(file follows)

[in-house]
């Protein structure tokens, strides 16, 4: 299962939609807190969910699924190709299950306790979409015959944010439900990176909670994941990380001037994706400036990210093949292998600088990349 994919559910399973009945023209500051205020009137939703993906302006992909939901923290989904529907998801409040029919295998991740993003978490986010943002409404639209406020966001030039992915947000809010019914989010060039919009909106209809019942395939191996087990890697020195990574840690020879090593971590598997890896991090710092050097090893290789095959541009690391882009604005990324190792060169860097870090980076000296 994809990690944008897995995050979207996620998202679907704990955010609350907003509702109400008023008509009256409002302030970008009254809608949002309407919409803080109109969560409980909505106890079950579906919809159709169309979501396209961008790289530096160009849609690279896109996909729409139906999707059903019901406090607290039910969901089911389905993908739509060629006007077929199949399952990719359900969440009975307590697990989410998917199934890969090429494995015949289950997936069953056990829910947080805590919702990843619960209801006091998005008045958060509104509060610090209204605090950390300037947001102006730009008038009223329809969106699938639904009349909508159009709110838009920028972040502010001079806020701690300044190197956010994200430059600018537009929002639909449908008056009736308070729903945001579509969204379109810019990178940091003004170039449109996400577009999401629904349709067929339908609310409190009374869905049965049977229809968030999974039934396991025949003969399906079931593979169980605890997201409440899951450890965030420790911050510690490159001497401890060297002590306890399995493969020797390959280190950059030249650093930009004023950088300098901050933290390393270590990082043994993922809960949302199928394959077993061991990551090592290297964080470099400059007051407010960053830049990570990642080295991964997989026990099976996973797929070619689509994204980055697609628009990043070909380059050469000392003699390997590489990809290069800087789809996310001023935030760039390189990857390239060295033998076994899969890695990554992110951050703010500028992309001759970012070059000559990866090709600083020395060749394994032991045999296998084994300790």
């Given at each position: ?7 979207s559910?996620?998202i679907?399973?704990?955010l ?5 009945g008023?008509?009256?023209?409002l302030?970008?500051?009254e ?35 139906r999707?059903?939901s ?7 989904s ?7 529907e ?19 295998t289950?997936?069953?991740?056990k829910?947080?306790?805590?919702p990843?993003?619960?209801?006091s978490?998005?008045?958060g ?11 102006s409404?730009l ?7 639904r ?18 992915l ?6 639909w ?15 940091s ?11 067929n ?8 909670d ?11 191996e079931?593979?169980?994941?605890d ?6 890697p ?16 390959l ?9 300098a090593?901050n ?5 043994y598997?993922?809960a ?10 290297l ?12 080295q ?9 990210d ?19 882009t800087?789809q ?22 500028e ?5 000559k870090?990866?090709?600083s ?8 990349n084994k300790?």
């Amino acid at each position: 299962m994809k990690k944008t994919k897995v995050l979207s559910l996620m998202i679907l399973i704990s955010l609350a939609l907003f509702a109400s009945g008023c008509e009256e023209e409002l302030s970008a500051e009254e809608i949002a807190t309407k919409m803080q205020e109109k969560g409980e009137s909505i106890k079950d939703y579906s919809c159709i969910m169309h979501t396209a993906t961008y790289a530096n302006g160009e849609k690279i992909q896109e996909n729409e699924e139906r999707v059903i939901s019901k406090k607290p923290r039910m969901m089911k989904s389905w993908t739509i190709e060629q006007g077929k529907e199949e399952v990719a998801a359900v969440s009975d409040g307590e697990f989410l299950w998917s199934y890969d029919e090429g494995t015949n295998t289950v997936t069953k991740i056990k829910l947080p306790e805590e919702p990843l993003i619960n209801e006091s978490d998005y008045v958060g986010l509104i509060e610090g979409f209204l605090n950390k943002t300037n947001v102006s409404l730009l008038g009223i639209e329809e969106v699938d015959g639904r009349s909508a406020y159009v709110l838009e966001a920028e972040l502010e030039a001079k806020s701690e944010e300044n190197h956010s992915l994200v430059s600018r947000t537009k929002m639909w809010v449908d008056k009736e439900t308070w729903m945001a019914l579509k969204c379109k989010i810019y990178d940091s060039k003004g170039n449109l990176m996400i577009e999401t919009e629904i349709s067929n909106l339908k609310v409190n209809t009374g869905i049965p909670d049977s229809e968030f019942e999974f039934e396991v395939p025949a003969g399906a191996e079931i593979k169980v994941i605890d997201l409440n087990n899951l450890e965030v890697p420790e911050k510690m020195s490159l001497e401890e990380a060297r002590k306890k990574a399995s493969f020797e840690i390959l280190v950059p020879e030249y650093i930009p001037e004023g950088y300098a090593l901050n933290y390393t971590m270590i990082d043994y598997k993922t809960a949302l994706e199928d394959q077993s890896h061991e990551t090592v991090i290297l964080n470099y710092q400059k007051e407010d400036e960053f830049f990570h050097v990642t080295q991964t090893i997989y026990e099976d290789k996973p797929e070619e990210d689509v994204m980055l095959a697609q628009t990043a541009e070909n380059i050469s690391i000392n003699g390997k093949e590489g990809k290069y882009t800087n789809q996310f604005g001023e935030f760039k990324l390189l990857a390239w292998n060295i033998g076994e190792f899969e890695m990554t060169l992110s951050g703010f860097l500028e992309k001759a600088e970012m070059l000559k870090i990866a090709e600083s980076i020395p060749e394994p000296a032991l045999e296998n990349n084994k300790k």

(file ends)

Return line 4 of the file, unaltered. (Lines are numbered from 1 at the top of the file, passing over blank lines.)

């Amino acid at each position: 299962m994809k990690k944008t994919k897995v995050l979207s559910l996620m998202i679907l399973i704990s955010l609350a939609l907003f509702a109400s009945g008023c008509e009256e023209e409002l302030s970008a500051e009254e809608i949002a807190t309407k919409m803080q205020e109109k969560g409980e009137s909505i106890k079950d939703y579906s919809c159709i969910m169309h979501t396209a993906t961008y790289a530096n302006g160009e849609k690279i992909q896109e996909n729409e699924e139906r999707v059903i939901s019901k406090k607290p923290r039910m969901m089911k989904s389905w993908t739509i190709e060629q006007g077929k529907e199949e399952v990719a998801a359900v969440s009975d409040g307590e697990f989410l299950w998917s199934y890969d029919e090429g494995t015949n295998t289950v997936t069953k991740i056990k829910l947080p306790e805590e919702p990843l993003i619960n209801e006091s978490d998005y008045v958060g986010l509104i509060e610090g979409f209204l605090n950390k943002t300037n947001v102006s409404l730009l008038g009223i639209e329809e969106v699938d015959g639904r009349s909508a406020y159009v709110l838009e966001a920028e972040l502010e030039a001079k806020s701690e944010e300044n190197h956010s992915l994200v430059s600018r947000t537009k929002m639909w809010v449908d008056k009736e439900t308070w729903m945001a019914l579509k969204c379109k989010i810019y990178d940091s060039k003004g170039n449109l990176m996400i577009e999401t919009e629904i349709s067929n909106l339908k609310v409190n209809t009374g869905i049965p909670d049977s229809e968030f019942e999974f039934e396991v395939p025949a003969g399906a191996e079931i593979k169980v994941i605890d997201l409440n087990n899951l450890e965030v890697p420790e911050k510690m020195s490159l001497e401890e990380a060297r002590k306890k990574a399995s493969f020797e840690i390959l280190v950059p020879e030249y650093i930009p001037e004023g950088y300098a090593l901050n933290y390393t971590m270590i990082d043994y598997k993922t809960a949302l994706e199928d394959q077993s890896h061991e990551t090592v991090i290297l964080n470099y710092q400059k007051e407010d400036e960053f830049f990570h050097v990642t080295q991964t090893i997989y026990e099976d290789k996973p797929e070619e990210d689509v994204m980055l095959a697609q628009t990043a541009e070909n380059i050469s690391i000392n003699g390997k093949e590489g990809k290069y882009t800087n789809q996310f604005g001023e935030f760039k990324l390189l990857a390239w292998n060295i033998g076994e190792f899969e890695m990554t060169l992110s951050g703010f860097l500028e992309k001759a600088e970012m070059l000559k870090i990866a090709e600083s980076i020395p060749e394994p000296a032991l045999e296998n990349n084994k300790k």